Played this treasure a couple a years ago now i think and , i hit the jackpot ! they had open qualifiers on the day after i played so the course condition was mint.it is well worth the trip to find this fantastic slab of links which will leave you longing to come back i know i will .
Out of the way - but worth a detour. A very hard course - especially in the wind. Keep staright and avoid the rough. If you find your ball you won't get it very far. Great links golf - St George's just beats it as the best I've played in England but in VFM terms this is hard to beat as a greta days golf.
I have some mixed feelings about Silloth - the plus points were some very fine holes, namely 3rd, 11th and 18th (plus all of the par 3's especially the short 9th), the good value for money green fees and a warm clubhouse welcome. The minus points were the docks and some housing do spoil the views on the opening and closing few holes, and it really is very remote. On balance, would recommend taking a detour via Southerness rather than Silloth, if travelling to West Scotland from the South.
The fact that the course is pretty remote definitely adds to the place in my point of view... That's a big part in your day out at Silloth!! A great place I found...
23 July 2009
Have played both and on balance feel that Silloth has more memorable holes than Southerness, but why not play both !
I played this lovely links course in Spring 2005.
It was very challenging, we had 30 mph winds throughout the day. This course had the most friendly members of any club we played in England. The course offers great value at 35 pounds during
the week. We would definitely play here again, the Lake District is a good base upon which to stay.
This is a wonderful links course that's 100 miles from everywhere. However, don't let the location deter you from seeking out and playing this challenging yet fun layout. The holes have a great variety of twists and turns, and every hole turns out to be much more of a test than you would think by looking at the card. The short par three 9th is one of the great short par threes in the world, up there with the postage stamp at Royal Troon and the 8th at Pebble Beach. We played there in the summer of 2006, and the conditions were very fast and dry, yet the course held it's own. Our group was based in Southport for our trip, and it was a 2 1/2 hour drive up from Southport, but this course deserves to be sought out and played by all lovers of links golf. Richard Smith, Knoxville, Tennessee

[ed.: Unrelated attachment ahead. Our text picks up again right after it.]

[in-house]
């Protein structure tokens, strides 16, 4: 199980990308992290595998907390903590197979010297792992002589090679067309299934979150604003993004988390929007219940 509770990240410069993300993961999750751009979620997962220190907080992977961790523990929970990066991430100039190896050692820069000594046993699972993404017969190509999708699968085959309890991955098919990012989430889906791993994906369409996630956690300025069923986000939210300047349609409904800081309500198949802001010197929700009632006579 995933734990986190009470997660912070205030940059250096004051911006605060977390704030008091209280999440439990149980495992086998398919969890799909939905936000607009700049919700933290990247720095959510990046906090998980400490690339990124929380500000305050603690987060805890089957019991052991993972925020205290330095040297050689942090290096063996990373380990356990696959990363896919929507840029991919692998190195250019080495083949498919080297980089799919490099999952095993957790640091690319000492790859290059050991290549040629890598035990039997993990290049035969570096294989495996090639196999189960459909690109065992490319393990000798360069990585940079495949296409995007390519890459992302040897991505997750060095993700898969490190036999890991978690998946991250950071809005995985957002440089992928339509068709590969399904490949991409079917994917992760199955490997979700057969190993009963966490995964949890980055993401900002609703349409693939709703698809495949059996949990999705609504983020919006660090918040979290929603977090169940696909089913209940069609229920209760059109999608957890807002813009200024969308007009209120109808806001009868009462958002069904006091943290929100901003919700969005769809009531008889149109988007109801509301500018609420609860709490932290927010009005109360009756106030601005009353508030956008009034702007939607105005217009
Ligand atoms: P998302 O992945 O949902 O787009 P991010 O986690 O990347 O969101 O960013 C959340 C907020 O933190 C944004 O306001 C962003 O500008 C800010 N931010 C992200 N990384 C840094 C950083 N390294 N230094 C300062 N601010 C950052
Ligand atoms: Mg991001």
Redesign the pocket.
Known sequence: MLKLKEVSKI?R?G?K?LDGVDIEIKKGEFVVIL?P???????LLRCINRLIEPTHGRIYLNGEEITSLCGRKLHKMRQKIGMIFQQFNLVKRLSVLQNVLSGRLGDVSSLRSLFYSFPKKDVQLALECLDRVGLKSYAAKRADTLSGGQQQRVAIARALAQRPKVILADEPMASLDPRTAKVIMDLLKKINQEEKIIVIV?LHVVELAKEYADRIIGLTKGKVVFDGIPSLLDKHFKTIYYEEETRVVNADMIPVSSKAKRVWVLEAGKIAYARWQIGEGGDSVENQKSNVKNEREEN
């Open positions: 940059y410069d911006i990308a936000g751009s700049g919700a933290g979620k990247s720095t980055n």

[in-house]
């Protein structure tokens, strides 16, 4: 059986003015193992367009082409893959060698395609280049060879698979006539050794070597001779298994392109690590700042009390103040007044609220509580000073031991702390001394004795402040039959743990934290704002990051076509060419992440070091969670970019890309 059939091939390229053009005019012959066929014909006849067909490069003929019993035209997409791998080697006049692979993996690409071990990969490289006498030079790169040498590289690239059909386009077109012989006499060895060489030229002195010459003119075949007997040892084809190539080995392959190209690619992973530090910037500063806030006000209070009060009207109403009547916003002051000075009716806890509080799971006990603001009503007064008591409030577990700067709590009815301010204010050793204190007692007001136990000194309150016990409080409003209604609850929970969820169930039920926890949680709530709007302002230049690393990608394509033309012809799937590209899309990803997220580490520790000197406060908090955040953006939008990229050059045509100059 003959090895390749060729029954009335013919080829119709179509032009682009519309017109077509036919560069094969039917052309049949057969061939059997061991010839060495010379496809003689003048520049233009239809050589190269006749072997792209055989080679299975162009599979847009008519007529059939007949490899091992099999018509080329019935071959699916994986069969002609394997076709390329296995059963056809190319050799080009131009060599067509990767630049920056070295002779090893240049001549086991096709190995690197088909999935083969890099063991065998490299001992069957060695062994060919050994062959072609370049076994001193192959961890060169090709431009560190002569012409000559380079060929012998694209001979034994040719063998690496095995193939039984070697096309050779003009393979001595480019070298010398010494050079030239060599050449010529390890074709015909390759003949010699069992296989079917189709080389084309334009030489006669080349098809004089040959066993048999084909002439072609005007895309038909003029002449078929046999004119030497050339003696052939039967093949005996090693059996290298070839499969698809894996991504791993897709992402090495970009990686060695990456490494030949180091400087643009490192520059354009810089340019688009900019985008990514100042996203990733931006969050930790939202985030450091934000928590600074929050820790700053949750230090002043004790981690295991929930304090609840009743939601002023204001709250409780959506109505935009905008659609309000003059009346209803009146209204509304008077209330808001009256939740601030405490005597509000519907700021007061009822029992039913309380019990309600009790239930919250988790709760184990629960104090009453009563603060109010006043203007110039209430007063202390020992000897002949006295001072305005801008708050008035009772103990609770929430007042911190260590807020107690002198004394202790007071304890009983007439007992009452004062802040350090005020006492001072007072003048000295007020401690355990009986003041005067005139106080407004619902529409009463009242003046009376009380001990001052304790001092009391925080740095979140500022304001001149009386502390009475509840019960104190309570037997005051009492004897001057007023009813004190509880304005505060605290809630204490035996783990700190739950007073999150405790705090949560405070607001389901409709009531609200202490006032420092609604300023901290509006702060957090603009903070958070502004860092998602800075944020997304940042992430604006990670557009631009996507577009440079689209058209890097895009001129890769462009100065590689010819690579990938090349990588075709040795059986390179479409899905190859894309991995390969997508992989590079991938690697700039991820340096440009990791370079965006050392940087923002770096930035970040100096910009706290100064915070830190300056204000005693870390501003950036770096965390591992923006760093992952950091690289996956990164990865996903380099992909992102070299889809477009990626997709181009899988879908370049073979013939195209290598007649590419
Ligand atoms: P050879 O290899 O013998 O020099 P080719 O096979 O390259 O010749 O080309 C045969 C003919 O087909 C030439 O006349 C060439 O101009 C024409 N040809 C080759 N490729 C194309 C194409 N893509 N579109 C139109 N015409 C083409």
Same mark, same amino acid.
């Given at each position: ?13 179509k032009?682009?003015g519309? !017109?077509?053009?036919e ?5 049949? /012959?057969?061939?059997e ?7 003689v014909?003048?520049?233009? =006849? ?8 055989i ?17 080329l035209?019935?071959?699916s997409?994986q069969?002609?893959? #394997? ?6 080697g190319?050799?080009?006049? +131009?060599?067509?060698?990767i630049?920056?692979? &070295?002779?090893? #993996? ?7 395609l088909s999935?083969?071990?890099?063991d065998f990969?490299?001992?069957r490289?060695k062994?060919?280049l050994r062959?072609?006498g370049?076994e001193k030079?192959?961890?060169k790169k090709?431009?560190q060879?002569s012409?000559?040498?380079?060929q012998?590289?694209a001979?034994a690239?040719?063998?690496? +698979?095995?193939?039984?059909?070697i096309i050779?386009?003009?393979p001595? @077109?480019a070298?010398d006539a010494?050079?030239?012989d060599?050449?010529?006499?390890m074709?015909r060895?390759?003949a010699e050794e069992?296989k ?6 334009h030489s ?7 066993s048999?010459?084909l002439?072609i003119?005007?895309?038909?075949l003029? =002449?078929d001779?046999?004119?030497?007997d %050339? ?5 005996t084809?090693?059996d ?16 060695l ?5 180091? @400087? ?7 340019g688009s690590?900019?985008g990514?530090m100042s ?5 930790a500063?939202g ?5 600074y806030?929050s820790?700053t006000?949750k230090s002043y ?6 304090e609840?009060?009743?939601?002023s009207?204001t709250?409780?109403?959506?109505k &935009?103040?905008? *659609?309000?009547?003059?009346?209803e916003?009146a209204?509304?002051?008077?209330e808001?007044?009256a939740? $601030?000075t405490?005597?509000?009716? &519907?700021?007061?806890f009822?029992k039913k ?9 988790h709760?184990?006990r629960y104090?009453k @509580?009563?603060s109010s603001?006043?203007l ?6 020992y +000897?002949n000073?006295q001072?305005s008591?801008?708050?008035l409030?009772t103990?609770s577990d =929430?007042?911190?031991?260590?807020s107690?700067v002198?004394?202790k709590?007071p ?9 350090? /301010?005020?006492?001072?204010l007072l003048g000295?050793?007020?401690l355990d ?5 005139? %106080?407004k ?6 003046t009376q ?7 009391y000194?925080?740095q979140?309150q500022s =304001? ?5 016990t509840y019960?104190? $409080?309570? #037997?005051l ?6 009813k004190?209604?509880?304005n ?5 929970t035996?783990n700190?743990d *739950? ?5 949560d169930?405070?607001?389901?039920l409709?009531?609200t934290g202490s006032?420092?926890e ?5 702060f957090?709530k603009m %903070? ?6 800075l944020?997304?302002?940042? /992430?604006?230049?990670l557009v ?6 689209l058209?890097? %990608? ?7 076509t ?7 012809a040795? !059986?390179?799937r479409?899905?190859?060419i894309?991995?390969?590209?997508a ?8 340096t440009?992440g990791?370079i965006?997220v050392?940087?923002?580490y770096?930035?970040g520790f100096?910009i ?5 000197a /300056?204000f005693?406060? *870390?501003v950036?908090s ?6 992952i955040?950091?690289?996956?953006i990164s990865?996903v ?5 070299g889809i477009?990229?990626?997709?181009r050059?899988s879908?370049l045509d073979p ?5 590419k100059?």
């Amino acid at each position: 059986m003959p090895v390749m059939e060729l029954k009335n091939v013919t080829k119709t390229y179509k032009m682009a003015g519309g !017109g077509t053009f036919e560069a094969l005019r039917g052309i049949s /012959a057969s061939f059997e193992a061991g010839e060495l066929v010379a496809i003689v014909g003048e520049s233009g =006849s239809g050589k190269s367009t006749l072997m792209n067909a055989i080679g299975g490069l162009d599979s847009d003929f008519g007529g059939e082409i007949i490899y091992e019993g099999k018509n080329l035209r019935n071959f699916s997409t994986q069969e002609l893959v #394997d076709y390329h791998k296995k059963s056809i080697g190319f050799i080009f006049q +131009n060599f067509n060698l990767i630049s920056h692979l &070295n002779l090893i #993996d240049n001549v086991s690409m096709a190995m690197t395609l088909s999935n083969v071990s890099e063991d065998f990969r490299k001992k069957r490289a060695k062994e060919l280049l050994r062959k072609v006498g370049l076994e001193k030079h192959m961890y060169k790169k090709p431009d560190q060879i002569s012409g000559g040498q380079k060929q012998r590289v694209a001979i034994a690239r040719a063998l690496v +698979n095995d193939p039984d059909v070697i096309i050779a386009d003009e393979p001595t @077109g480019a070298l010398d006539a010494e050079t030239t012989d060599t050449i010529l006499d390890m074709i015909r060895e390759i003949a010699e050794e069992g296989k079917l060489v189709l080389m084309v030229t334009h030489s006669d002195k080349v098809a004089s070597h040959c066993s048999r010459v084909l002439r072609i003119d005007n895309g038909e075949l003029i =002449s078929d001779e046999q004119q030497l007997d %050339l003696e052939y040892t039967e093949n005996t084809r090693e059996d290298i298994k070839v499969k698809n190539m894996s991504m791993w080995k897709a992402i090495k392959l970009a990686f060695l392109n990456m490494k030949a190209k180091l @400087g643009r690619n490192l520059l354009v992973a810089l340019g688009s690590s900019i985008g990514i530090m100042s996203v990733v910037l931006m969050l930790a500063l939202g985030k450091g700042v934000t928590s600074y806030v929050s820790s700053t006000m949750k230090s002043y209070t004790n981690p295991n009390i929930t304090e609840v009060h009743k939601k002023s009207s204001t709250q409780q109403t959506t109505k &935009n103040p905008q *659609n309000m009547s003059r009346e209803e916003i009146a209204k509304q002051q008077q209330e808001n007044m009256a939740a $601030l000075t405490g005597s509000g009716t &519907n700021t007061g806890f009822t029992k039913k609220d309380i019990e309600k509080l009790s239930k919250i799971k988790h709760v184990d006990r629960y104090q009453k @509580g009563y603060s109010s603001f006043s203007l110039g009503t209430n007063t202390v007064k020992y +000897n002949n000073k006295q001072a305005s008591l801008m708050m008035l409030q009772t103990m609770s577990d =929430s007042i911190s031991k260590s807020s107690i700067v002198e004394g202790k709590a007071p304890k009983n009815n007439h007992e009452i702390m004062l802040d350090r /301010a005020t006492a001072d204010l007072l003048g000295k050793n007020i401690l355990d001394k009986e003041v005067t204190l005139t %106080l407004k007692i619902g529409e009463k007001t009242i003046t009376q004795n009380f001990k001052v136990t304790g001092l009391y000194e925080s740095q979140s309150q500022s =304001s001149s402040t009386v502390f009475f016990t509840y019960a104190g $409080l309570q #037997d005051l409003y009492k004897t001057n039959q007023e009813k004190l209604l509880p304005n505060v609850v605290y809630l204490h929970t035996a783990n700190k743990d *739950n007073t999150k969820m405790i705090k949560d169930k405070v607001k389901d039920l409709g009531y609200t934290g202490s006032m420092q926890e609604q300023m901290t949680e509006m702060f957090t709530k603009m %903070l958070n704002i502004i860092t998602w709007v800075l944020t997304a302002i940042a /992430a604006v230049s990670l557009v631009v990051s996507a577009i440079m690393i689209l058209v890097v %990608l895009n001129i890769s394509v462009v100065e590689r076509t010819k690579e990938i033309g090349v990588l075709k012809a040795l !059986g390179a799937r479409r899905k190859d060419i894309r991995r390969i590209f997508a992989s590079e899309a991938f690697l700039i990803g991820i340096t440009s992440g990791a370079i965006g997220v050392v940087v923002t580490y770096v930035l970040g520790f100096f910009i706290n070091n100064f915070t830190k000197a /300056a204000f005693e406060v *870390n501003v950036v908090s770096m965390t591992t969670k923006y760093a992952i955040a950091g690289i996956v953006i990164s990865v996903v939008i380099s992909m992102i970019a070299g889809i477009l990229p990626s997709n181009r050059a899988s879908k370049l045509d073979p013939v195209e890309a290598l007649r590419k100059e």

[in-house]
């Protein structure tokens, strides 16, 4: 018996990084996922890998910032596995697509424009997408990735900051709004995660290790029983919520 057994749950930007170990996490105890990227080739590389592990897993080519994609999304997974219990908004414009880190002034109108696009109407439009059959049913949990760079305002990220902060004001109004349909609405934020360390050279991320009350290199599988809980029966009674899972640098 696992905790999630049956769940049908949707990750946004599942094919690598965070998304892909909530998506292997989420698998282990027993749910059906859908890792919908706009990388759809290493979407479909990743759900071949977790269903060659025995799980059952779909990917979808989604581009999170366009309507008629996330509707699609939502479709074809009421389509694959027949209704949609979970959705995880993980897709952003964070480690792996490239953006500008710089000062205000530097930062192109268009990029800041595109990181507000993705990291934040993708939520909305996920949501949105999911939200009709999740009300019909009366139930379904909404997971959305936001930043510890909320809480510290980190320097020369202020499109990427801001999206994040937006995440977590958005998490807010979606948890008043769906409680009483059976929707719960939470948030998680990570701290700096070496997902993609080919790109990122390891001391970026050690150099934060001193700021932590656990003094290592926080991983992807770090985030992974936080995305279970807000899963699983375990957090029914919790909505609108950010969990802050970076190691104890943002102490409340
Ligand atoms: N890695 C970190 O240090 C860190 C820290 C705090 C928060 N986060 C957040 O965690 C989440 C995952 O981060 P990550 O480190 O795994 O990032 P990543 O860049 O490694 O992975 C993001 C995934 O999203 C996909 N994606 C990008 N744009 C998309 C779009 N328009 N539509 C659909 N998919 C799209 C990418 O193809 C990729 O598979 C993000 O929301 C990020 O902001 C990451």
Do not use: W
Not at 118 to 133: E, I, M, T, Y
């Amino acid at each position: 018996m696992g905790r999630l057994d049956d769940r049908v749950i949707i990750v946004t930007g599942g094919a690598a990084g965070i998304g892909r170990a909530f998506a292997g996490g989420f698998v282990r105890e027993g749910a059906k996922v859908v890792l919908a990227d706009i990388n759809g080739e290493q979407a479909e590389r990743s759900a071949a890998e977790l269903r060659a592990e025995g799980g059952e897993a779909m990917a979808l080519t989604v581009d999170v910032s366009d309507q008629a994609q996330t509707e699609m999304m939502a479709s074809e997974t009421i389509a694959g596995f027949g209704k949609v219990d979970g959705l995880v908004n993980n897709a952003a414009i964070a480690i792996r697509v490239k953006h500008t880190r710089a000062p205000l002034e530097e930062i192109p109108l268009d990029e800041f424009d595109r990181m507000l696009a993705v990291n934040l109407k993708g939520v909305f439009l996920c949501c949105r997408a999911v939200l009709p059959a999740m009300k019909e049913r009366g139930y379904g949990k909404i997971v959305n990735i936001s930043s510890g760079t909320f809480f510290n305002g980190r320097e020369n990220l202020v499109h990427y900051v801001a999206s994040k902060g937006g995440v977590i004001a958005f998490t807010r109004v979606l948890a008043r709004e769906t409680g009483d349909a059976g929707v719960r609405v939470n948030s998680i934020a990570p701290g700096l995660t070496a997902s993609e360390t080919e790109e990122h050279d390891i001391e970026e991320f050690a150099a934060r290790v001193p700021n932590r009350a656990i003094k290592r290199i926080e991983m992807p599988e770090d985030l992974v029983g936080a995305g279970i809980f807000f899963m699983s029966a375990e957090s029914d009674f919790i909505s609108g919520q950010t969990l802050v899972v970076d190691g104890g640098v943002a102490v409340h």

£35 for 36 holes in the height of summer?! You will not get better value (or anything close) anywhere in the UK for a top 50 course. Outstanding. Morning round played in gentle conditions, but the course showed its teeth in afternoon when the wind (and rain) got up. Some fabulous holes - with some great par 3s. It's like going back in time in Silloth - but I'm not complaining - the course was superb. Old fashioned links that was great fun to play - fair and hugely enjoyable. Only problem is that it's miles from anywhere (although some would argue that this adds to its charm) - and views are spoiled by very ugly factory.... but it's the best value golf anywhere in the UK. Play this and Southerness - you will not be disapppointed (and still have change in your pocket).